Alabama athletes give back to causes close to home
By Tim Gayle
It took a 15-year prison term for Sherman Williams to finally understand his lifestyle wasn’t working.
About the same time, he came to the realization that if his life were to have any meaning, he needed to talk to children from the same impoverished background and reach them before they started down the self-destructive path he took at their age.
That’s why he teamed up with his college roommate at Alabama, former NFL star David Palmer, to start a foundation to help children learn to say no to the vices surrounding them and focus on more important things, such as family and education.
“Both of us have mirror-image backgrounds,” says Williams, who won a Super Bowl ring with the Dallas Cowboys. “We just wanted to make sure we put kids in the proper frame of mind and not have to go through some of the same things we went through. We try to give them some testimony about our experiences so they can have a role model to tell them what things can happen to you if you make bad choices.”
It’s a common theme among players who reach the professional level: Earning a celebrity status allows them to give back to their communities. Often, they give back in a manner that is reflective of their own background.
There’s New Orleans Saints running back Mark Ingram, who won the Heisman at Alabama while his father, former New York Giants receiver Mark Ingram Sr., was serving time in prison. The Mark Ingram Foundation helps children whose parents are incarcerated.
Or former Auburn football star Kendall Simmons, who was diagnosed with type 1 diabetes soon after he was drafted by the Pittsburgh Steelers and now calls Alabama home. He sponsors an annual “Swing4Diabetes” charity golf tournament and speaks to children who have diabetes.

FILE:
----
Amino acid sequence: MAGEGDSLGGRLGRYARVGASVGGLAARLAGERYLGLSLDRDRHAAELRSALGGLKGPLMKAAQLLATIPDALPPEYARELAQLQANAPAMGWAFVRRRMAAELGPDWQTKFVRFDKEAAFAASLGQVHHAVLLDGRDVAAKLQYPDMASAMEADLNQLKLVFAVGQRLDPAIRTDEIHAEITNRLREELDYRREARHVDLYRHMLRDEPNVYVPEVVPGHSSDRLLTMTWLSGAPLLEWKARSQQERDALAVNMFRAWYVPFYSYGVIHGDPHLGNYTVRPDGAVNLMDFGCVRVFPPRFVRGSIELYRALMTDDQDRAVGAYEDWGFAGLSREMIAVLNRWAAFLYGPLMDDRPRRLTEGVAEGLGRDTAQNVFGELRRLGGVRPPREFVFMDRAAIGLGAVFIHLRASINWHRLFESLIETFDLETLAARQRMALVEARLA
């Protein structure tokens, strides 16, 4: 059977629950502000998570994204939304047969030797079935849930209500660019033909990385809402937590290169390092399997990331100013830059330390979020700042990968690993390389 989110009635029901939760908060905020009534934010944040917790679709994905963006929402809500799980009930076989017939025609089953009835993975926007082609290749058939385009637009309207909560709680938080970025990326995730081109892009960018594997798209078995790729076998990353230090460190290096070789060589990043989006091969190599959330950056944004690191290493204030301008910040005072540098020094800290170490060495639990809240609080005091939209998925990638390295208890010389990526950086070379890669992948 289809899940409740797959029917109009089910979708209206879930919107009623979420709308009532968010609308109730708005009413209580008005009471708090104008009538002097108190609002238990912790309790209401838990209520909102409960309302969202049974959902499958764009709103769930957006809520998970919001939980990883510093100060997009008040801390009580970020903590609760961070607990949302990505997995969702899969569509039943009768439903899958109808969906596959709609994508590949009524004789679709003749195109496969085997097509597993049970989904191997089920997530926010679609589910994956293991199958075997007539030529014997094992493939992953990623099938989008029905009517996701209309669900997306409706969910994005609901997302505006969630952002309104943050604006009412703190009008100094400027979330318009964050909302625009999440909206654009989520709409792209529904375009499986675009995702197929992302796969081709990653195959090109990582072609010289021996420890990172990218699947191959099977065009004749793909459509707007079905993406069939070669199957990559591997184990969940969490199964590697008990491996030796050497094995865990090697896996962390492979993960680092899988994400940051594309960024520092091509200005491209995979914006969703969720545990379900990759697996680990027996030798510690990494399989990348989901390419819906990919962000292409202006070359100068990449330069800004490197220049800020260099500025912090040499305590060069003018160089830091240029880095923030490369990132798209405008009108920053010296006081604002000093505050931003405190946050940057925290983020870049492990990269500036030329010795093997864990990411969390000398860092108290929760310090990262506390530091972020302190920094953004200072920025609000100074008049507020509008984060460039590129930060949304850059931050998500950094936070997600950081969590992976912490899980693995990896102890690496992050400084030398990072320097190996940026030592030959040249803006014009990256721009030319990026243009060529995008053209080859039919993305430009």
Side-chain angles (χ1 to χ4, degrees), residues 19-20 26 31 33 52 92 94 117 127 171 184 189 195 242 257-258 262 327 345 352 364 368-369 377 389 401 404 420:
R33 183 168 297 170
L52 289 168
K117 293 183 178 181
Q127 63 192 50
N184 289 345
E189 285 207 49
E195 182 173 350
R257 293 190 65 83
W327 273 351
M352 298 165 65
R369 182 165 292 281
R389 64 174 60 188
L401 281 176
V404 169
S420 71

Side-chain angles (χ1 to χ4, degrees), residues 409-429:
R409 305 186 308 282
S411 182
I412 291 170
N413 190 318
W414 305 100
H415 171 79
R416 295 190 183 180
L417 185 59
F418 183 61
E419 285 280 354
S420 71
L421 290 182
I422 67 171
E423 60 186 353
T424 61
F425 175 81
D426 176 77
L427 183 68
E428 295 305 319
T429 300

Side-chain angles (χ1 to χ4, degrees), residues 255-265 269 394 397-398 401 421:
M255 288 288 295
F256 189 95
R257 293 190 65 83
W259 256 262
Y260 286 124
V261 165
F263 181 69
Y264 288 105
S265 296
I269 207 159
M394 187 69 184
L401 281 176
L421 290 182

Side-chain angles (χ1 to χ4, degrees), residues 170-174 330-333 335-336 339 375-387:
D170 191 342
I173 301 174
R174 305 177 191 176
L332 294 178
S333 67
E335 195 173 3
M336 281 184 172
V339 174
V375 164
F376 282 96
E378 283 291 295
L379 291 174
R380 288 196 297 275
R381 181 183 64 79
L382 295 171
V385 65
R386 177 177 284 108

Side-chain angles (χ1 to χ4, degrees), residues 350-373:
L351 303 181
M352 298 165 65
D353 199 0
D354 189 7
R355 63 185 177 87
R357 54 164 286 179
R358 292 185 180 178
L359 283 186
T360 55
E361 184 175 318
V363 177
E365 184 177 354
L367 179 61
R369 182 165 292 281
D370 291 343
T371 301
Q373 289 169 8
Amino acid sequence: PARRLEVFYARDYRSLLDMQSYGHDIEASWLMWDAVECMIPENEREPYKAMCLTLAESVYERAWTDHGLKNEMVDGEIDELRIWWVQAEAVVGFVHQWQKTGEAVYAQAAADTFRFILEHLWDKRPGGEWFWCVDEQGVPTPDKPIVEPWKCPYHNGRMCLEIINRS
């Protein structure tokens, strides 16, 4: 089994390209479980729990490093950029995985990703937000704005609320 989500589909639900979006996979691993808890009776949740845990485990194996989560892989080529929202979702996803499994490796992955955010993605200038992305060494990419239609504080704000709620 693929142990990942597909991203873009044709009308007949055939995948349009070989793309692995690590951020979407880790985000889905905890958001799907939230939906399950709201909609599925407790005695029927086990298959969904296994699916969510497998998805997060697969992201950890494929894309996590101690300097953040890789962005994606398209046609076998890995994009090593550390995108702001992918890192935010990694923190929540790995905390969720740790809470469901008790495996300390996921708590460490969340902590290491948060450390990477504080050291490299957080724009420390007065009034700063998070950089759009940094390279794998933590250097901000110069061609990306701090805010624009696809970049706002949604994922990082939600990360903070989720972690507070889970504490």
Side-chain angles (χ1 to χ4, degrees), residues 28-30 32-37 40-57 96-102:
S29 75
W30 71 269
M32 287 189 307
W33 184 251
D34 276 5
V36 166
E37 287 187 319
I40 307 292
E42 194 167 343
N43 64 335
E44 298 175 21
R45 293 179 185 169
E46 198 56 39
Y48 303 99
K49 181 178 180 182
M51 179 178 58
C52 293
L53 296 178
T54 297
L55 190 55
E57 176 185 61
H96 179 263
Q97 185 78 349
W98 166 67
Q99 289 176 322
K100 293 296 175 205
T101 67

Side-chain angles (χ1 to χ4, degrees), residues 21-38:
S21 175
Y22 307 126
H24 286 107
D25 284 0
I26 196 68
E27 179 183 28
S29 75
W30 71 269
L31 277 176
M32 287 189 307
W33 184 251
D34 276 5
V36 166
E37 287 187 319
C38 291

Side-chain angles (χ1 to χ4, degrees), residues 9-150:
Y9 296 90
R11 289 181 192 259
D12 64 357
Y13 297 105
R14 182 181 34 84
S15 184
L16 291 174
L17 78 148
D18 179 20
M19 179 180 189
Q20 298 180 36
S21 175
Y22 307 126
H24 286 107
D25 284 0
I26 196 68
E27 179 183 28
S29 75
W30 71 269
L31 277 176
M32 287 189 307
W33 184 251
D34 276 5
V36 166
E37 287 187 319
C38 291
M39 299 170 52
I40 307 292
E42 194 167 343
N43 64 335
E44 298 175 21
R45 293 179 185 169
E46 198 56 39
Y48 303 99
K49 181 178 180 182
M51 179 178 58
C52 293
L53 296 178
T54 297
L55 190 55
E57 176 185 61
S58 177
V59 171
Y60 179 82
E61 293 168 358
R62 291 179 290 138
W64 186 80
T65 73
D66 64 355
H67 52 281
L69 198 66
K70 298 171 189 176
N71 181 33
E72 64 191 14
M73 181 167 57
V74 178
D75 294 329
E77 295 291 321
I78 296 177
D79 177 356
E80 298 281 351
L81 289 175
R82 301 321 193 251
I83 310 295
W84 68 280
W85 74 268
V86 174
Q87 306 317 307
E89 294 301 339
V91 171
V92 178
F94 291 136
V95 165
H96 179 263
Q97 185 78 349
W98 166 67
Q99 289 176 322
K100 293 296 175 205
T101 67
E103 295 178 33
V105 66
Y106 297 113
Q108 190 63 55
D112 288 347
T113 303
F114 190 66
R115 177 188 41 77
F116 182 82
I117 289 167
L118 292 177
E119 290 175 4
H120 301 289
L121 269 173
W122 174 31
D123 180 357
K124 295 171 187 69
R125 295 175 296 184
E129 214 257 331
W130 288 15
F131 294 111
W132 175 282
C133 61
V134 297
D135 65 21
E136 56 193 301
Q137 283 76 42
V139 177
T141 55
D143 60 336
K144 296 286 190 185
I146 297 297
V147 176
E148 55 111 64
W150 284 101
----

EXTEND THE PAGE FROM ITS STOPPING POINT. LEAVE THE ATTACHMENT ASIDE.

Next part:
A position of influence
“When I got into the NFL, I started talking to other guys that I was close to on the team,” said Montgomery’s Antoine Caldwell, a former lineman at Alabama and with the Houston Texans. Caldwell continues to team up with Tennessee Titans safety Rashad Johnson and former Alabama teammate B.J. Stabler in their For the Family Foundation. “I was looking at guys who were doing things in their own communities and back home and it seemed like a lot of those guys were doing things involving the kids. It’s something I already felt was important to do, but once I got their advice on it, it just made perfect sense.
“You’re in a position where you have some influence, you have a platform. And when you have that, what’s a better time to give back to the kids? That’s when they’re going to be the most attentive and listening to what you’re saying.”
Johnson, who runs his own Walk-on to Champions Foundation, continues to put on a free football clinic every year in his hometown of Sulligent, relying on Caldwell, Stabler and other college and professional teammates as instructors.
Not long ago, Roman Harper put on events in his hometown of Prattville. But the former New Orleans Saints safety, who is now with the Carolina Panthers, learned a lesson much like the one learned by current teammate and former Auburn quarterback Cam Newton, an Atlanta native: While the state of Alabama worships Alabama and Auburn stars, a professional athlete can raise more money in the hometown of his professional franchise.